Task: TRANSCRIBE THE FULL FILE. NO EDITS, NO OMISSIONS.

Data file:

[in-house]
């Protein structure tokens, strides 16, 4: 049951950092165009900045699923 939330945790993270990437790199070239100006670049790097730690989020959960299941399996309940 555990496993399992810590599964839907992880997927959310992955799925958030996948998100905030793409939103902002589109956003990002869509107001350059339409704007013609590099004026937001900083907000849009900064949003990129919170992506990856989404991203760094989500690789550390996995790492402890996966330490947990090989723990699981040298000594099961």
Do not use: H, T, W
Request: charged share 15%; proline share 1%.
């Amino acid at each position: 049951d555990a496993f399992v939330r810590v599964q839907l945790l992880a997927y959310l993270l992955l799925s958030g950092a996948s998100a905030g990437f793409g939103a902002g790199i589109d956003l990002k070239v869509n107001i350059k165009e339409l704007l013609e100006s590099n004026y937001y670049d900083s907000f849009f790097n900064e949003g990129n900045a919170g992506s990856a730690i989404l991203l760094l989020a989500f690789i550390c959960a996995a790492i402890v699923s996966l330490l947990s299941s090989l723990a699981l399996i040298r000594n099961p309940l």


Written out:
[in-house]
């Protein structure tokens, strides 16, 4: 049951950092165009900045699923 939330945790993270990437790199070239100006670049790097730690989020959960299941399996309940 555990496993399992810590599964839907992880997927959310992955799925958030996948998100905030793409939103902002589109956003990002869509107001350059339409704007013609590099004026937001900083907000849009900064949003990129919170992506990856989404991203760094989500690789550390996995790492402890996966330490947990090989723990699981040298000594099961």
Do not use: H, T, W
Request: charged share 15%; proline share 1%.
């Amino acid at each position: 049951d555990a496993f399992v939330r810590v599964q839907l945790l992880a997927y959310l993270l992955l799925s958030g950092a996948s998100a905030g990437f793409g939103a902002g790199i589109d956003l990002k070239v869509n107001i350059k165009e339409l704007l013609e100006s590099n004026y937001y670049d900083s907000f849009f790097n900064e949003g990129n900045a919170g992506s990856a730690i989404l991203l760094l989020a989500f690789i550390c959960a996995a790492i402890v699923s996966l330490l947990s299941s090989l723990a699981l399996i040298r000594n099961p309940l």